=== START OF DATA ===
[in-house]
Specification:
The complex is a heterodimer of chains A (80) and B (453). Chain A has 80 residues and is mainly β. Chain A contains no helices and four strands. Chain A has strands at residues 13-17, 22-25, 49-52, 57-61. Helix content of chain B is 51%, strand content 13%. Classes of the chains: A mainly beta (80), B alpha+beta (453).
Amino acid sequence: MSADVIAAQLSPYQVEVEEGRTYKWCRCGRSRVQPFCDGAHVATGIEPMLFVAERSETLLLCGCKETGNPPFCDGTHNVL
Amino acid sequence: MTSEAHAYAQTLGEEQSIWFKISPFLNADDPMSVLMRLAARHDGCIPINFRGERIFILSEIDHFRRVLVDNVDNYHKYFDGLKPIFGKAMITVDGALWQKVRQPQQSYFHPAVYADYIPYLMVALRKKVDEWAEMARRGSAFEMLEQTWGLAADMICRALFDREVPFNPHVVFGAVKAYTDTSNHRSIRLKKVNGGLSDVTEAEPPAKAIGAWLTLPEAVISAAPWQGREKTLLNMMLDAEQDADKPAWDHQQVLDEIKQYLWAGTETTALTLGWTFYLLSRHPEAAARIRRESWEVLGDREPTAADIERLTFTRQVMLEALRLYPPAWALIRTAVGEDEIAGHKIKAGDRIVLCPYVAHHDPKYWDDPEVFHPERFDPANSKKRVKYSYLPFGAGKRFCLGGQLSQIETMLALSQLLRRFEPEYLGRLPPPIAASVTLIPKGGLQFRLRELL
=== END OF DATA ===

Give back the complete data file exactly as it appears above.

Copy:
[in-house]
Specification:
The complex is a heterodimer of chains A (80) and B (453). Chain A has 80 residues and is mainly β. Chain A contains no helices and four strands. Chain A has strands at residues 13-17, 22-25, 49-52, 57-61. Helix content of chain B is 51%, strand content 13%. Classes of the chains: A mainly beta (80), B alpha+beta (453).
Amino acid sequence: MSADVIAAQLSPYQVEVEEGRTYKWCRCGRSRVQPFCDGAHVATGIEPMLFVAERSETLLLCGCKETGNPPFCDGTHNVL
Amino acid sequence: MTSEAHAYAQTLGEEQSIWFKISPFLNADDPMSVLMRLAARHDGCIPINFRGERIFILSEIDHFRRVLVDNVDNYHKYFDGLKPIFGKAMITVDGALWQKVRQPQQSYFHPAVYADYIPYLMVALRKKVDEWAEMARRGSAFEMLEQTWGLAADMICRALFDREVPFNPHVVFGAVKAYTDTSNHRSIRLKKVNGGLSDVTEAEPPAKAIGAWLTLPEAVISAAPWQGREKTLLNMMLDAEQDADKPAWDHQQVLDEIKQYLWAGTETTALTLGWTFYLLSRHPEAAARIRRESWEVLGDREPTAADIERLTFTRQVMLEALRLYPPAWALIRTAVGEDEIAGHKIKAGDRIVLCPYVAHHDPKYWDDPEVFHPERFDPANSKKRVKYSYLPFGAGKRFCLGGQLSQIETMLALSQLLRRFEPEYLGRLPPPIAASVTLIPKGGLQFRLRELL